Connecting your negative thoughts with emotions can make it easier to go into problem-solving mode, which can distract you from beating yourself up.
3: Give Yourself a Break
This is for situations in life that are highly stressful. Think about the situation in your mind, and allow yourself to feel uncomfortable and stressed out. Now, say the following to yourself:
- This is a moment of suffering.
- Suffering is a part of life.
- I can be kind to myself when I am in a moment of suffering.
If you find number 3 to be a little tricky, try imagining a loved one in the same situation as you, and think about how you would treat them in that case. Would you come over and help them with care tasks like cooking or cleaning? Would you check in on them? Could you give them extra grace if they canceled on you or didn’t respond to messages for a while? Now try turning those feelings inward toward yourself. You don’t have to be perfect the same way that your friends or family don’t.
4: Extend Compassion Toward Your Inner Critic
It’s really important to try to notice your critical thoughts well before you begin this exercise. Any time you feel negatively, take a moment to try to recall exactly what your inner monologue said verbatim. If you eat half a pizza, does your inner monologue say something like “You’re disgusting,”? Try to get a clear sense of how you talk to yourself and which phrases are your inner critic.
Once you can identify that reliably, start coming at that critical voice in a compassionate way. Respond with something like “I know you’re feeling unsafe right now and you’re communicating in the best way you know how, but you’re hurting me when you speak like that.” Over time and with consistency, you may notice that drill sergeant shouting with a little less steam.
5: Think Compassionate Thoughts
If you’ve done the previous exercises for a few weeks and feel like you’re starting to get a handle on your inner critic, it’s time to dust off the old affirmations again. It’s important to understand that they still may not work. The best affirmations and compassionate thoughts are the ones that are worded your way and the ones your mind deems believable. That is why the second exercise had you practice neutral thoughts first. Once you start to believe you’re a neutral person instead of a bad one, you can dip your toe into believing you’re a good person. Here are some examples of turning neutral thoughts into self-compassionate ones:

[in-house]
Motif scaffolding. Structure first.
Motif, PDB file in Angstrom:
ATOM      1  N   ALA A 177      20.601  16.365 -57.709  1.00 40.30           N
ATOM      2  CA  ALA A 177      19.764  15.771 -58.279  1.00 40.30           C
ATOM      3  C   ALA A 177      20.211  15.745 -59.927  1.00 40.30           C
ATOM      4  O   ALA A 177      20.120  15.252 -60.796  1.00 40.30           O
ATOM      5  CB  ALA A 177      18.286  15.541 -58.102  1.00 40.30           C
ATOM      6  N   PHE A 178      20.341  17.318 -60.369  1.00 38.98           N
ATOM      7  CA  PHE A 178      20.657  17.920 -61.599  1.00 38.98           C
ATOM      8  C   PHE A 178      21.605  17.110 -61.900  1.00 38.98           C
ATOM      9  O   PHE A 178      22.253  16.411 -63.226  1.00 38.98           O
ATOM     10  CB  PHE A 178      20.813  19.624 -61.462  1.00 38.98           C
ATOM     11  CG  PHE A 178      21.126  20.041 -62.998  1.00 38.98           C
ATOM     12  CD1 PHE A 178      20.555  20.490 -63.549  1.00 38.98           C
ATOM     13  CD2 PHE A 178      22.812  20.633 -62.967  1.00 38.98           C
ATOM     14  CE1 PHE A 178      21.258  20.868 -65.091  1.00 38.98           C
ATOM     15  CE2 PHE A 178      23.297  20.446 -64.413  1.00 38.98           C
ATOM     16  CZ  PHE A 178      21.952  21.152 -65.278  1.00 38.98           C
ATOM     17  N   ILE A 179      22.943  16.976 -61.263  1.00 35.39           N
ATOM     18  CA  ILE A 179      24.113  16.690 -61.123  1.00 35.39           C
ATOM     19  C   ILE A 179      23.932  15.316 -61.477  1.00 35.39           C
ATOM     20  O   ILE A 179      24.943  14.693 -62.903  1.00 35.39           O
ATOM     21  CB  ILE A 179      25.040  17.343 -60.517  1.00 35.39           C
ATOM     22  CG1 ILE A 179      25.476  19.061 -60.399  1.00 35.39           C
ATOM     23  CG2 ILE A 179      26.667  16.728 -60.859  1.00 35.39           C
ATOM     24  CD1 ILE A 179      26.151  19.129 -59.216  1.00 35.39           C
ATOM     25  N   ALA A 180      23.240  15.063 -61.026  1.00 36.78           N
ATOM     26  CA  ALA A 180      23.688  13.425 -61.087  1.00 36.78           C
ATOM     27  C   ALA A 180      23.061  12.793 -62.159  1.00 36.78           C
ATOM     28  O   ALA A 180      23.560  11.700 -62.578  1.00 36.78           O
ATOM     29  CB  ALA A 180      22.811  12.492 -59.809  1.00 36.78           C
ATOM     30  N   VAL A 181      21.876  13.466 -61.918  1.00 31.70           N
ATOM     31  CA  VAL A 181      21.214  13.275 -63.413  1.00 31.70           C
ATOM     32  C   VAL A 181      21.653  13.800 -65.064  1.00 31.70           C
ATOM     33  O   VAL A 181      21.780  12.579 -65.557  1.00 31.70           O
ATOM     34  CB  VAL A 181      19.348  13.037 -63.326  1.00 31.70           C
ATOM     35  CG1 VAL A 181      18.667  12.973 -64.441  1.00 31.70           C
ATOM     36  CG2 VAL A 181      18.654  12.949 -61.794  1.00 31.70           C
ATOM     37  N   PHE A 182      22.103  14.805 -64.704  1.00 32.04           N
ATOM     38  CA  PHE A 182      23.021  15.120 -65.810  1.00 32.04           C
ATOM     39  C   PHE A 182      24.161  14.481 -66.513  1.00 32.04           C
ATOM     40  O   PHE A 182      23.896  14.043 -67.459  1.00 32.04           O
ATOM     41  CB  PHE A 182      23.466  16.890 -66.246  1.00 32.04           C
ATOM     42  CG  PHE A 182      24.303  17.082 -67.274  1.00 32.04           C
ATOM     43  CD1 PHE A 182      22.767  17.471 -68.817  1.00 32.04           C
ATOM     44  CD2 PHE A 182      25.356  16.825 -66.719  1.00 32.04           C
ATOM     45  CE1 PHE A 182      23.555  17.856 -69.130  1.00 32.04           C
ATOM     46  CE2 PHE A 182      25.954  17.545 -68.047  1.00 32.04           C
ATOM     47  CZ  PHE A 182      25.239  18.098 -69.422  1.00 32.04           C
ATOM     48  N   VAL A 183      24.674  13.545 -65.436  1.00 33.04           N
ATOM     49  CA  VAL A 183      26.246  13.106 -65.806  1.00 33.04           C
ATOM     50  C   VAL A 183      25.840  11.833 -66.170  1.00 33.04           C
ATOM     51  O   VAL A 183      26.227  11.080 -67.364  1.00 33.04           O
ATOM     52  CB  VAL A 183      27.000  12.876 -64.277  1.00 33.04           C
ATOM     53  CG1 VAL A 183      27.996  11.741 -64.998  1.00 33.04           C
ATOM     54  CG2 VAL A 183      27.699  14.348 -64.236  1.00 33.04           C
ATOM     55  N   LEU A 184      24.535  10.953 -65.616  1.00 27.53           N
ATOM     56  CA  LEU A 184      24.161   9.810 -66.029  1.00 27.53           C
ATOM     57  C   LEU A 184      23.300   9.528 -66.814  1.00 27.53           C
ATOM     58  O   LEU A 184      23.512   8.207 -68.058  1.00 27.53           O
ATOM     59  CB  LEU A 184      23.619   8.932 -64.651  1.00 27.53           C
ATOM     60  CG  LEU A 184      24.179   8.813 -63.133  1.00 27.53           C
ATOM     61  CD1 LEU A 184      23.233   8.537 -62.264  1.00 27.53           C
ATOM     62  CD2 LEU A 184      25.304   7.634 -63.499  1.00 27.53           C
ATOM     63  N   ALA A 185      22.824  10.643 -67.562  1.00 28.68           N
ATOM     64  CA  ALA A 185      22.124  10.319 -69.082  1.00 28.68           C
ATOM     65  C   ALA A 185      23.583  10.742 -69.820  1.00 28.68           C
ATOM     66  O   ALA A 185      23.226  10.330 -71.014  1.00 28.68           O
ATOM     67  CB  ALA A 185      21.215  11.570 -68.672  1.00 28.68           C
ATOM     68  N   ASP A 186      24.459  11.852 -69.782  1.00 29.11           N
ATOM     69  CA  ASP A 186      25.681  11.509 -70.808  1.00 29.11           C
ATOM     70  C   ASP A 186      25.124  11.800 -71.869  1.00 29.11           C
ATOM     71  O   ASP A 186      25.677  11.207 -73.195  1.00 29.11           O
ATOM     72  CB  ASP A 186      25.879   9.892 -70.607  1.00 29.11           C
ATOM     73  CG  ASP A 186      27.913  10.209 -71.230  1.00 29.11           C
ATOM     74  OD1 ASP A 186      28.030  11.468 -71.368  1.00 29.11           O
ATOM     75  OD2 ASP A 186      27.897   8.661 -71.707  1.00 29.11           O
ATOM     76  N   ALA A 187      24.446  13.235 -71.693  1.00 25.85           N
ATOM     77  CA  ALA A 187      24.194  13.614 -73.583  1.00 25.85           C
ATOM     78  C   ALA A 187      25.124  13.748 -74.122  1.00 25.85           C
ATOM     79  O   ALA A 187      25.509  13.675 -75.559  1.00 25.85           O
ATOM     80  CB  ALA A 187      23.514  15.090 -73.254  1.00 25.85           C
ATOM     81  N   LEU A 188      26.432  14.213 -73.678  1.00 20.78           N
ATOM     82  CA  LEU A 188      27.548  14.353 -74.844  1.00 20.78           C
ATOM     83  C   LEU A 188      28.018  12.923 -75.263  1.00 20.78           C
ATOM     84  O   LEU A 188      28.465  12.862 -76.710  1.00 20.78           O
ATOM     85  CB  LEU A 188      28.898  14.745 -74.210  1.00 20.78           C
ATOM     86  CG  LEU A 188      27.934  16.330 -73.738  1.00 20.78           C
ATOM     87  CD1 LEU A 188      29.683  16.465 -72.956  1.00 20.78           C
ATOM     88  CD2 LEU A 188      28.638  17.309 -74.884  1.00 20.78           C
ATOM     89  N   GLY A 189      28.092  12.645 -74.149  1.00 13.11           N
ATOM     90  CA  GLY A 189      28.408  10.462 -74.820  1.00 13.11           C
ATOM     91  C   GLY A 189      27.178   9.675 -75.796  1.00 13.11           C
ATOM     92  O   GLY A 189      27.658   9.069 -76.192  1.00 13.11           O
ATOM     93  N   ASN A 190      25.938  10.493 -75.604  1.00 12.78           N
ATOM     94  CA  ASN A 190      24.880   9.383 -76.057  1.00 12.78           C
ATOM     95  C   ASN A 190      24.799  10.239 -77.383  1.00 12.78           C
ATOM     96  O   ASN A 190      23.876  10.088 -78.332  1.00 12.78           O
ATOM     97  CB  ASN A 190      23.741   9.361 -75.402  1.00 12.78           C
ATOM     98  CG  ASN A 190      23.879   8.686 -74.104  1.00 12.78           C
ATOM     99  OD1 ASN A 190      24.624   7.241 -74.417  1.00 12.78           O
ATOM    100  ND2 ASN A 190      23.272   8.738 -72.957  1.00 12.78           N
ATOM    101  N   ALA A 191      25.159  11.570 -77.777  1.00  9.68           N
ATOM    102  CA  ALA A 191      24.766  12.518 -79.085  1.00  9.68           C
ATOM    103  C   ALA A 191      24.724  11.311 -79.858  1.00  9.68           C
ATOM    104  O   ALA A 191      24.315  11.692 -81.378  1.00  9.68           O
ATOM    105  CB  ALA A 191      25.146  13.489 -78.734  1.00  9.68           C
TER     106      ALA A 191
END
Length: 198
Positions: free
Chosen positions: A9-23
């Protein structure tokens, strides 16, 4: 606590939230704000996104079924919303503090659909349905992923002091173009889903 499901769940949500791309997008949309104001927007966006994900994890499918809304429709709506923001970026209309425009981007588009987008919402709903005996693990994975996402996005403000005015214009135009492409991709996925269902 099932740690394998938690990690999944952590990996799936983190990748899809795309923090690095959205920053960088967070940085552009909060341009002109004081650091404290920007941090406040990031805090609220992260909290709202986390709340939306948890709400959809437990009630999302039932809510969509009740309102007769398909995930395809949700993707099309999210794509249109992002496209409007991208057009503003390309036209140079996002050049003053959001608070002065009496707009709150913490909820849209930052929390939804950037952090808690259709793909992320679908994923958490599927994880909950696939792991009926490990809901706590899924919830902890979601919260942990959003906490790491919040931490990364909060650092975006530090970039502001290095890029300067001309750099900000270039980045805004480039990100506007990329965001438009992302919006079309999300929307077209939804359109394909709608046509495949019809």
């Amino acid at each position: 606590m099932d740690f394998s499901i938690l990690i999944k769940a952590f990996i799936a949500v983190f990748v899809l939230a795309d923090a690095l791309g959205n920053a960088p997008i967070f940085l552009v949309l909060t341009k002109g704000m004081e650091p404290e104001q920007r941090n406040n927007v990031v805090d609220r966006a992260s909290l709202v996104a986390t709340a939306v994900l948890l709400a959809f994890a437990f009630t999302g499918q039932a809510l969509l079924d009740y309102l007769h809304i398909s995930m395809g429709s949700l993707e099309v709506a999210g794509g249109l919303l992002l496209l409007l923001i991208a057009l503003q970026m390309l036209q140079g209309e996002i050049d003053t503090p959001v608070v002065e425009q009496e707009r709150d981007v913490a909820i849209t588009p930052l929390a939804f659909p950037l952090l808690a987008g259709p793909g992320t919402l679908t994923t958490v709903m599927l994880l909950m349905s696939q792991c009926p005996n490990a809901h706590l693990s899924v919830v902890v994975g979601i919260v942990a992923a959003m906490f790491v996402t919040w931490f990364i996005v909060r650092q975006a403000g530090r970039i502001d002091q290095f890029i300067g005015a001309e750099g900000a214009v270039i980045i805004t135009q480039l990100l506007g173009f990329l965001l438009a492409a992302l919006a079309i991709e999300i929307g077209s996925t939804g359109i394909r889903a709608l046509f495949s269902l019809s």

- “I’m feeling frustrated that I didn’t get much work done today.” becomes “Maybe I didn’t get much done today, but I tend to get a lot done on an average day. I don’t need to beat myself up over one day of less productivity.”
- “I put chores off for so long that I feel like I should just give up and do them tomorrow.” becomes “I know doing chores is annoying, but I will feel so much better if I do at least one now. Which one is the most pressing?”
- “I’m really angry at myself for falling off the wagon with my diet.” becomes “When I fall off the wagon, I can still keep walking behind it until I have the energy to get back on. My diet is good for me and I want to take care of my health.”
If you’ve done the previous exercises, your inner critic should be a little quieter, and your self-compassion should be a little louder. If not, keep practicing!
Self-compassion is gained when you start to think of your inner critic as something separate from yourself. You can question its validity, extend some kindness to it, and quiet it down enough to think more positively about yourself. The drill sergeant shouts because he believes that shouting is the only way to make you better, but you need to get him to stop shouting before you can teach him that you’re fine just as you are.
If you’re struggling with self-compassion and you’re tired of trying things that don’t seem to be helping, reach out to Modern Era Counseling, where our team of premier therapists can help you learn to internalize positive thoughts and question negative ones. Give us a call at 704-800-4436 or shoot us an email to get started on your journey toward a brighter you.